In its coverage of the full sweep of Near Eastern/Middle Eastern literature and history, its interdisciplinary and comparative research, and its commitment to the undergraduate experience, the department is unique among its peers.
About the department
The department was founded by Isaac Rabinowitz, a professor of Biblical literature and an authority on the Dead Sea Scrolls, in 1965 as the Department of Semitic Languages and Literatures (now Near Eastern Studies). The department has grown enormously in recent decades, thanks to institutional and alumni support.
The department offers undergraduates and graduate students the opportunity to study the languages, literatures, cultures, religions and Near Eastern history from ancient Sumer to the modern Middle East; and educates students and the wider academic community in cross-cultural, trans-historical and inter-religious understanding. The department enrolls over 1000 students each semester, mentoring over 20 majors, and operates a small and dynamic graduate program.
The Near East is an older term for the Middle East. As defined by the department, the “Near East” extends from Morocco (and medieval Spain), through Egypt, the Levant (Israel and Palestine, Syria, Lebanon, and Jordan), Turkey, Southwest Asia and North Africa (SWANA).
The department is located in White Hall on Cornell's Ithaca campus. Originally known as North University until 1883 when it was renamed, White Hall was constructed in 1866 and in style, external finish, and appearance is a duplicate of Morrill Hall. White Hall, located on the Arts Quadrangle and part of "Stone Row" (Morrill, McGraw and White Hall), was the second structure to be built on campus and is constructed of Ithaca stone. The interior of White Hall was renovated in 2003, while the exterior remains the same as when it was originally constructed.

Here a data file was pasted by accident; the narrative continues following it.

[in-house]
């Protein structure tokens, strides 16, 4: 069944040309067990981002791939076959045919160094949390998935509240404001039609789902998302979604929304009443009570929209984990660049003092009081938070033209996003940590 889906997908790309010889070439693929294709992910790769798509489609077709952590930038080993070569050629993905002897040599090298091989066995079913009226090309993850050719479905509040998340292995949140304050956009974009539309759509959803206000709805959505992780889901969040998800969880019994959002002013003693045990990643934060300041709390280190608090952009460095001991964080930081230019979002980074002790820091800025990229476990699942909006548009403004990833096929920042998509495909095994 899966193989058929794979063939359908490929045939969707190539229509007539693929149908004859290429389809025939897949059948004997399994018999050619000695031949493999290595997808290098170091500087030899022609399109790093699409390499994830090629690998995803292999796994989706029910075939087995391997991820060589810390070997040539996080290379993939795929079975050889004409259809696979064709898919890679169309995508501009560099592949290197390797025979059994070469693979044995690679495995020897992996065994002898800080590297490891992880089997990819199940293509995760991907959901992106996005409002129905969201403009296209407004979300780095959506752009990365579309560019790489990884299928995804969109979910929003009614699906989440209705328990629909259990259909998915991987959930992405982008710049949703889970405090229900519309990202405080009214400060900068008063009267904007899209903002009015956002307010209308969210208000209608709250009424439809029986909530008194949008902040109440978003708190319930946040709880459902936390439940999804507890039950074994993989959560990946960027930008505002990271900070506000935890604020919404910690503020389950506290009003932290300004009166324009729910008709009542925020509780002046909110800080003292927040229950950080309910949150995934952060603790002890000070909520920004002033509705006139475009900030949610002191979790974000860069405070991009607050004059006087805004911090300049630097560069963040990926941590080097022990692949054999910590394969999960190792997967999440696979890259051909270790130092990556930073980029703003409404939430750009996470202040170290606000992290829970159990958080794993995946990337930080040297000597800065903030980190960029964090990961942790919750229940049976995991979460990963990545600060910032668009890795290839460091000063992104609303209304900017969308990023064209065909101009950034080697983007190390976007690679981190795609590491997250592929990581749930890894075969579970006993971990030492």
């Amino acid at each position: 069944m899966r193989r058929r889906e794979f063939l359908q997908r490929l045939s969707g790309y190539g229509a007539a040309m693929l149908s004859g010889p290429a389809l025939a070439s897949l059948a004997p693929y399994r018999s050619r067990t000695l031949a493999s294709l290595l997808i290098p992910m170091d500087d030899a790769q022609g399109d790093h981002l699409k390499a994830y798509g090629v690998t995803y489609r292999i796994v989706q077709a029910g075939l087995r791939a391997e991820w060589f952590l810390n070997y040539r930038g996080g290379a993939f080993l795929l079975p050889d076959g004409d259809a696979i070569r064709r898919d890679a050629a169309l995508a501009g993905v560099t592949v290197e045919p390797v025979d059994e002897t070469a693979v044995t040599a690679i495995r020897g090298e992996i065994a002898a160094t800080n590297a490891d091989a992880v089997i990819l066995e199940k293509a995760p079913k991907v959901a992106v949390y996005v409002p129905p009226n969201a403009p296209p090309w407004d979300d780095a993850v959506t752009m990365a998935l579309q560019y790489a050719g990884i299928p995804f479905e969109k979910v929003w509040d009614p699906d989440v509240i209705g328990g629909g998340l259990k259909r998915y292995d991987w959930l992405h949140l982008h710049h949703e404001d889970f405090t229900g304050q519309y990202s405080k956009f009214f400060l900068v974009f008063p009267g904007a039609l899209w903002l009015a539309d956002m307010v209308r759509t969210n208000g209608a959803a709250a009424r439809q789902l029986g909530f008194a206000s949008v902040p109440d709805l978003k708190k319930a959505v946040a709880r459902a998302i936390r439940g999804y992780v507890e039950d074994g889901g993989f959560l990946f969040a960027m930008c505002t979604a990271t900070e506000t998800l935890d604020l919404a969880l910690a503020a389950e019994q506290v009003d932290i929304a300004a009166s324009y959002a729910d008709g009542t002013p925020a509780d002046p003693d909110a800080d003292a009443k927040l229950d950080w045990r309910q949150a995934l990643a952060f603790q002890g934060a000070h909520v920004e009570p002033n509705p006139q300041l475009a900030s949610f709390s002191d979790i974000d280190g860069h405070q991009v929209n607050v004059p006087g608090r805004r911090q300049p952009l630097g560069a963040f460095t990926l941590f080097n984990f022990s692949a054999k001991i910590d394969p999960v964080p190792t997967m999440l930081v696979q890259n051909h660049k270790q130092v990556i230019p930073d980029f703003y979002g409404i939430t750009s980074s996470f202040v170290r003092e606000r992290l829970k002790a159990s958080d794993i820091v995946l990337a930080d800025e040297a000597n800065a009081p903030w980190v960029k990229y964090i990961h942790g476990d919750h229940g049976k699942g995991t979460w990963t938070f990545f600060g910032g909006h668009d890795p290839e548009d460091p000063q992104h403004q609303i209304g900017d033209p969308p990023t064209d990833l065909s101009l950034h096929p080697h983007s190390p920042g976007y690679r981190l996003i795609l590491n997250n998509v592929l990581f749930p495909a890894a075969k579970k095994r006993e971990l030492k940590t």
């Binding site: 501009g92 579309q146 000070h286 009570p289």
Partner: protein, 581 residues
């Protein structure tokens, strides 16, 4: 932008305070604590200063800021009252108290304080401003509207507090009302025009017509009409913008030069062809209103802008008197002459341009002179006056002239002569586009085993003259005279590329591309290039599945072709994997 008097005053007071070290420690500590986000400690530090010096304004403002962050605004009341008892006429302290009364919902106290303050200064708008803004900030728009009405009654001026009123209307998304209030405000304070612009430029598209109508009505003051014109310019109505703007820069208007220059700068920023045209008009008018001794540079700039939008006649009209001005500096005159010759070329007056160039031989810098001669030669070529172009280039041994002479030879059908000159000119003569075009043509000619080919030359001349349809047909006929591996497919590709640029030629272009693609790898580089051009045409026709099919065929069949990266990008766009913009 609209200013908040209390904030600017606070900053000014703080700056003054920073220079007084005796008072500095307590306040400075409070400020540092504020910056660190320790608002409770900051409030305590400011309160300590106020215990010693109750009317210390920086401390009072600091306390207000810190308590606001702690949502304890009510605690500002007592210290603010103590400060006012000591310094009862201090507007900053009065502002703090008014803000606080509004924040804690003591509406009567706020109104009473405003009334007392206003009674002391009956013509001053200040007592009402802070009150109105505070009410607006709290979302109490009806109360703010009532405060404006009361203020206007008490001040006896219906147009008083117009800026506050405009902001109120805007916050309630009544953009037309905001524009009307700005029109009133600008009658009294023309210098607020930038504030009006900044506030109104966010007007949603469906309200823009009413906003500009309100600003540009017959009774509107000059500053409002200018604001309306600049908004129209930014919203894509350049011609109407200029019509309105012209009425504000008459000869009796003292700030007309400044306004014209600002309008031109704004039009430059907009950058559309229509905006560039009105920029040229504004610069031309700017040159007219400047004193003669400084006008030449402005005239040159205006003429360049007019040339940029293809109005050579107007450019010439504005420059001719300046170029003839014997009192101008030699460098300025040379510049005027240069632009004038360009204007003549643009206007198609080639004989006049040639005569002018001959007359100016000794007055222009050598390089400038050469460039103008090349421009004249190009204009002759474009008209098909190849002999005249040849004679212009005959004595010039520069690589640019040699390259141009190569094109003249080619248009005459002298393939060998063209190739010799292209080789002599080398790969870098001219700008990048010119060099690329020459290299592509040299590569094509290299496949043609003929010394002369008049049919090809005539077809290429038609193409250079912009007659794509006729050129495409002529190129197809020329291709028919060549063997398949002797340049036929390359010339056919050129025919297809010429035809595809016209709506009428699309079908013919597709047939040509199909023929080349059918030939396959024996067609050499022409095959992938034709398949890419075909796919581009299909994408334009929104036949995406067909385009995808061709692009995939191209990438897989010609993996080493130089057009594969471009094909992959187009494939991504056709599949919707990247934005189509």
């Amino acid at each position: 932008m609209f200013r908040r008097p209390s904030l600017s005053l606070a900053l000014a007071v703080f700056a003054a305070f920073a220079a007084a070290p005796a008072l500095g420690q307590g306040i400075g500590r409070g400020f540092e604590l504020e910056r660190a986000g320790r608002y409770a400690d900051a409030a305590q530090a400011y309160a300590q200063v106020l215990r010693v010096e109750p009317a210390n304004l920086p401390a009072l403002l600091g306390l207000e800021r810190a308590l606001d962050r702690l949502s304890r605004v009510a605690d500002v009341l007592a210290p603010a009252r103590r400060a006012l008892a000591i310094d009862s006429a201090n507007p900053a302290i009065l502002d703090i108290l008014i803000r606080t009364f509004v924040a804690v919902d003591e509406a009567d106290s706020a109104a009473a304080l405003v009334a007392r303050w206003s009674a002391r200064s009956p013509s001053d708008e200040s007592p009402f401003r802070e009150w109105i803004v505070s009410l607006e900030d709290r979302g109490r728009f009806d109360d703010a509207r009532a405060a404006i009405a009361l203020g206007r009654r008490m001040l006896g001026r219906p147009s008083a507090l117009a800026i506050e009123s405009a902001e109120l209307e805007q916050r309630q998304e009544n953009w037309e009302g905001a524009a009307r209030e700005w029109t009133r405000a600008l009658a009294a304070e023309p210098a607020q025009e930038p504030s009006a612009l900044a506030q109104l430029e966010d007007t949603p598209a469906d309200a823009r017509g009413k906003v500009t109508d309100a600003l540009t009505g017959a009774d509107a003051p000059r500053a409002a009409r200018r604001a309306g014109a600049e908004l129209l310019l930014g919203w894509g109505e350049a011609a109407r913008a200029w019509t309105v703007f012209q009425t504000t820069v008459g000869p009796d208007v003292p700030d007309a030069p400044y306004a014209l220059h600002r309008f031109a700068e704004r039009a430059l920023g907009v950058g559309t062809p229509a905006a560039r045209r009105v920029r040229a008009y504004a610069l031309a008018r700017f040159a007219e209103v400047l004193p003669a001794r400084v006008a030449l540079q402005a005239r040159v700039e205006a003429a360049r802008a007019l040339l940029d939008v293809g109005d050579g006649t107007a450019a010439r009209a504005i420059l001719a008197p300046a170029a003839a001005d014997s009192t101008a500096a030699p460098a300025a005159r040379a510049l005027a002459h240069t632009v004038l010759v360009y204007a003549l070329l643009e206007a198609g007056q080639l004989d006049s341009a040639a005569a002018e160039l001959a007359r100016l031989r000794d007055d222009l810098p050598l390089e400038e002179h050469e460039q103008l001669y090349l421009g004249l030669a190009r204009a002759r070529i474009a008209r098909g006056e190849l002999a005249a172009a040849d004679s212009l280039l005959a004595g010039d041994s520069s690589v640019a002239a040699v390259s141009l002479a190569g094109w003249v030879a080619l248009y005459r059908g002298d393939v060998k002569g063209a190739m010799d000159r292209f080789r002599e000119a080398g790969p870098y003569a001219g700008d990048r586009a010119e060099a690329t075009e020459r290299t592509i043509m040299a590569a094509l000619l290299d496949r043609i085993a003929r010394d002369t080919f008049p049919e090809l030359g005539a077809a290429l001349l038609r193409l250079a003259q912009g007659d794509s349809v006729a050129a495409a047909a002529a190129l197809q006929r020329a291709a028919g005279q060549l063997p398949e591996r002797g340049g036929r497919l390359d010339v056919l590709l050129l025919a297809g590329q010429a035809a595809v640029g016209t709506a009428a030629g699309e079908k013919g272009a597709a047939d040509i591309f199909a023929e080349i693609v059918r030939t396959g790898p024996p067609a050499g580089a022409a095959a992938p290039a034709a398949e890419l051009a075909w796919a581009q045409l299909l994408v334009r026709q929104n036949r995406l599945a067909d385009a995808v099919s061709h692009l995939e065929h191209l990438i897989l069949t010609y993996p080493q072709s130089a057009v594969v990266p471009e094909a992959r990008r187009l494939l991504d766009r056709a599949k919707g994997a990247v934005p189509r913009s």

Faculty statement on cuneiform tablet repatriation:
In July 2021, Cornell officials worked with the Ambassador from the Republic of Iraq to transfer a collection of over 5,000 cuneiform tablets back to their country of origin. These tablets were the subject of conservation and research at Cornell since 1999. The faculty in the Department of Near Eastern Studies welcome this decision, as we stand against the illicit trafficking of cultural property and support the return of cultural artifacts to their home countries.
Engage and support
We send out e-newsletters semimonthly during the academic school year.
Give to the department
Your support enables the department to enhance the experience for undergraduate and graduate students and contribute to faculty excellence. Gifts can help fund lectures and conferences, faculty and student research, distinguished speakers, and other department priorities. We will greatly appreciate and immediately put into use any gift, no matter the amount.
We place gifts made to this fund into an endowment account where they are invested in perpetuity. Income from the endowment is provided each year to the department for priorities.
NES across campus
Affiliated programs at Cornell
We are connected through joint faculty members, cross-listed courses and collaborative events and projects to programs and departments across the college like: archaeology (CIAMS), classics, history, history of art & visual studies, Jewish studies, medieval studies, music, performing & media arts, and religious studies.
Cornell has a wonderfully varied number of student organizations, many of which relate to the Near/Middle East like the Arab Student Association or the Persian Students Organization.
See all student groups on campus.
Cornell student groups looking for department support for academic events should fill out a co-sponsorship request form.